[Today we have our first guest blog entry from Elfriede Dustin. Elfriede is a co-author of "The Art of Software Security Testing" and has written a few books on software testing, most notably, "Automated Software Testing" published by Addison-Wesley in 1999. We have heard plenty from security experts on how to fix the software development process to produce more secure software. Elfriede brings a QA practitioners viewpoint. I'd like to hear more from the testing community on this topic. - Chris Wysopal]
The Software Trustworthiness Framework (STF©)
by Elfriede Dustin
Recently I presented the topic “Automated Software Testing” at a Department of Homeland Security workshop on Software Assurance. Most practitioners at the workshop equated Software Assurance with Software Security Testing and one might wonder what automated software testing has to do with software assurance?
In order to achieve software trustworthiness in the limited amount of time that’s generally allowed to produce software, a combination effort of automated software testing along with security testing is required: The Software Trustworthiness Framework (STF©) is needed.
Josh Bloch, chief Java architect at Google, said in a recent statement “Regardless of how talented and meticulous a developer is, bugs and security vulnerabilities will be found in any body of code – open source or commercial. Given this inevitably, it’s critical that all developers take the time and measures to find and fix these errors.”
Developers however are strapped cranking out new features while trying to meet the often unreasonable deadlines. First-to-market is key, beating the competition is the goal. Given this dilemma, where software developers alone cannot be responsible for software assurance, we need to look to other resources to help us win the software trustworthiness battle. Who is better suited to help a developer conduct security testing than the software testing groups already in place?
In the traditional software development lifecycle, software trustworthiness is often an afterthought, and security verification and testing efforts are delayed until after the software has been developed. Meeting deadlines is key, at all cost, including that of trustworthiness, yet vulnerabilities are an emergent property of software that appear throughout the design and implementation cycles.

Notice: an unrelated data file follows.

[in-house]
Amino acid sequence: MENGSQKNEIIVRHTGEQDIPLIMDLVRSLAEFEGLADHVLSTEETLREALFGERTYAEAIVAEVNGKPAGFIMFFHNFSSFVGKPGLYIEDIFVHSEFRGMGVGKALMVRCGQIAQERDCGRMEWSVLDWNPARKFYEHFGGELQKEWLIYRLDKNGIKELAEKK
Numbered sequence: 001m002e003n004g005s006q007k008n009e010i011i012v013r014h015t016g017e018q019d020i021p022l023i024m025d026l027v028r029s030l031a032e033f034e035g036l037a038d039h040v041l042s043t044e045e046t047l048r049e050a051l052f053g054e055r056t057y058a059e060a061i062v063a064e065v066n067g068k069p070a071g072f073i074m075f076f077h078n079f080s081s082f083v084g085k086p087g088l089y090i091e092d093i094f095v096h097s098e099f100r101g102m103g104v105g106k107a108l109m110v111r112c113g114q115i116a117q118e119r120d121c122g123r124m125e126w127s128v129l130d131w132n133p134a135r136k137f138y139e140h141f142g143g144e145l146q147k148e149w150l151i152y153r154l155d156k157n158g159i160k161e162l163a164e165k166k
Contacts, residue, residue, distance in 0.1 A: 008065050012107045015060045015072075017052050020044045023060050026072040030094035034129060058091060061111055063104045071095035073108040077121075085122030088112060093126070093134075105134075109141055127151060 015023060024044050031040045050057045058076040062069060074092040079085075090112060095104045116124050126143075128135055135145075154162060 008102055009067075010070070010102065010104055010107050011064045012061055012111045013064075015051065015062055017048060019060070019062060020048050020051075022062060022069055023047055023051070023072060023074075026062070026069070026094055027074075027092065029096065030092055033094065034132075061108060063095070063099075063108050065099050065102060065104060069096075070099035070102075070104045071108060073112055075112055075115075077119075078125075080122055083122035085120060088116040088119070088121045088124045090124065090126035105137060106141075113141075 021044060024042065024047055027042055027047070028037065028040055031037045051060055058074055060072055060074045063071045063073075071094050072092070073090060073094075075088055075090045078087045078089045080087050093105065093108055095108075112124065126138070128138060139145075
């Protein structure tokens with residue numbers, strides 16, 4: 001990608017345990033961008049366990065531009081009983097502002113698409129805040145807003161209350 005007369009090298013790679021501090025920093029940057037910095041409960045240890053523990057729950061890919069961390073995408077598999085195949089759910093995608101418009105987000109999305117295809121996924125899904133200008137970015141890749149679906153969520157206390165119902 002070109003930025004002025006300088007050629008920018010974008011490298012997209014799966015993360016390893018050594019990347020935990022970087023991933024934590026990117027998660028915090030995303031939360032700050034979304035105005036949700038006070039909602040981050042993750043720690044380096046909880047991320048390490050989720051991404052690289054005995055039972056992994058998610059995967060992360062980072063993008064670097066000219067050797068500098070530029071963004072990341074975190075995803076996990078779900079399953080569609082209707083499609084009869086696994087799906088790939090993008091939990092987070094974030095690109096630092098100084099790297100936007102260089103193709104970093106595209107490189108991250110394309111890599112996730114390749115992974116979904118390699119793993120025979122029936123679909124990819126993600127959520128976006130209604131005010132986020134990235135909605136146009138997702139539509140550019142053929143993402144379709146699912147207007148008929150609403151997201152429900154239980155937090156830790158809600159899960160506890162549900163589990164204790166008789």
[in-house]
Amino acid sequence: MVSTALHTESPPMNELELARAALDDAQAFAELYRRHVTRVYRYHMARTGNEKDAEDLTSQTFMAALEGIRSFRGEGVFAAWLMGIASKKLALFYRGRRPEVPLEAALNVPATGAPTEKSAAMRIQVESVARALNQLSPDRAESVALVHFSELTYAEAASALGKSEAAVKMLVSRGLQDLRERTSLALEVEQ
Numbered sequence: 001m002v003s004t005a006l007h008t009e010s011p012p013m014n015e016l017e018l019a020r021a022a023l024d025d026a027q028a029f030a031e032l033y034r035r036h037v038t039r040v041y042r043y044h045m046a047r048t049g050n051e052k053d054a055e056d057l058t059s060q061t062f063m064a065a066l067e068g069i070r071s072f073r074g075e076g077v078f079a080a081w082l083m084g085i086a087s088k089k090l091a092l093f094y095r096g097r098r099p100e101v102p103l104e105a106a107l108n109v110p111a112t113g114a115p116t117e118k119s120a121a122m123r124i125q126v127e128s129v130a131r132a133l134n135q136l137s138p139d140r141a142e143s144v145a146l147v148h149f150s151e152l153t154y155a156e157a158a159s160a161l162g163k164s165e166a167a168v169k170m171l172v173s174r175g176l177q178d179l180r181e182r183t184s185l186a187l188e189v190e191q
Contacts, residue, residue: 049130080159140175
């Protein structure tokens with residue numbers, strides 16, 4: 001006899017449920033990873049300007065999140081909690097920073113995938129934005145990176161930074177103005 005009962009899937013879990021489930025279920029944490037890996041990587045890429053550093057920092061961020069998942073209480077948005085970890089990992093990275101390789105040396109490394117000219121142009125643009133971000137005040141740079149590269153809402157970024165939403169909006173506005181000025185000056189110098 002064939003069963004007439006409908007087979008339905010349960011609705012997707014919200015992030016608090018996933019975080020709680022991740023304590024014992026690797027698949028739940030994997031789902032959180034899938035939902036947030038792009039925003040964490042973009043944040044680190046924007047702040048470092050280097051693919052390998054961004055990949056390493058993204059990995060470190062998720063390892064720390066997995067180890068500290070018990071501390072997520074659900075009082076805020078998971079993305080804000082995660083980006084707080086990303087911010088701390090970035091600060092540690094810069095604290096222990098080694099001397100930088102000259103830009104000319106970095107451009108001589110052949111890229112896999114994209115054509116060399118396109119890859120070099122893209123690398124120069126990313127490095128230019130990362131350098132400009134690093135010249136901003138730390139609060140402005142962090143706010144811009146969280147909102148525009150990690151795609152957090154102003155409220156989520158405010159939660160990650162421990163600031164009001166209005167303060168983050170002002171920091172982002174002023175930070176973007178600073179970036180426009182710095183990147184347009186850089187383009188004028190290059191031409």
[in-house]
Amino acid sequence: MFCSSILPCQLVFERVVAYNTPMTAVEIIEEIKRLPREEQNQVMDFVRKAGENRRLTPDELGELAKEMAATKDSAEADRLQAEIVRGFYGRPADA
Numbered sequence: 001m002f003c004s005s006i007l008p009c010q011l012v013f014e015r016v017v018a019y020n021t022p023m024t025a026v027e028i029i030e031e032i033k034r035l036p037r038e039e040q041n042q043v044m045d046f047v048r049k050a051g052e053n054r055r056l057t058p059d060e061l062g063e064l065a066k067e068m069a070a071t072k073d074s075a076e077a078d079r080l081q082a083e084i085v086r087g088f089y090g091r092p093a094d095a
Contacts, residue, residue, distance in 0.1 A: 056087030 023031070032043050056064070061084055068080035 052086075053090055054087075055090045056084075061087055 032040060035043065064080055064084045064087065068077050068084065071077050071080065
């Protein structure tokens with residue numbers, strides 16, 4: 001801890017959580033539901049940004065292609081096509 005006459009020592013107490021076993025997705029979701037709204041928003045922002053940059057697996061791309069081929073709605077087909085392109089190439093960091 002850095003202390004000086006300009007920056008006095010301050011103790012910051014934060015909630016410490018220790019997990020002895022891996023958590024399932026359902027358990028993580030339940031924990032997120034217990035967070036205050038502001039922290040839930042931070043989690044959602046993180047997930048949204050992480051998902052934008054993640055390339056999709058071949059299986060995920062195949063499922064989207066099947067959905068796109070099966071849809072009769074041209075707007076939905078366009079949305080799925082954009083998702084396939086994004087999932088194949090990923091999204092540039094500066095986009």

Currently, much of the Security testing that is done after the software has been implemented, such as paying an external party to perform security testing and issue a report, can be considered just a Band-Aid solution. It is tempting for security testing teams to focus purely on the mechanics of testing the security of a software application and pay little attention to the surrounding tasks required of a secure software development lifecycle, such as automated software testing. This is where the STF© comes into play.
It is not possible to “test” software trustworthiness into software and it is widely known that the earlier a defect is uncovered, the cheaper it is to fix.
A full lifecycle approach to software development is the only way to achieve software trustworthiness. Therefore, combining security testing with test automation, and a before, during, and after approach to software development is required.
The most effective software trustworthiness programs start at the beginning of a project, long before any program code has been written. An effective security process is one that is used throughout the SDLC and one that employs automated testing technologies.
The Automated Testing Lifecycle Methodology (ATLM) described in the book “Automated Software Testing ” is a structured methodology, supports the successful implementation of automating testing, has been implemented by companies throughout the world, and is recommended by various tool vendors. The ATLM approach is consistent with rapid application development efforts including engaging the user early in the development cycle. Many universities and professional software testing organizations are adopting this methodology in their software testing courses, along with commercial companies heavily invested in automated testing.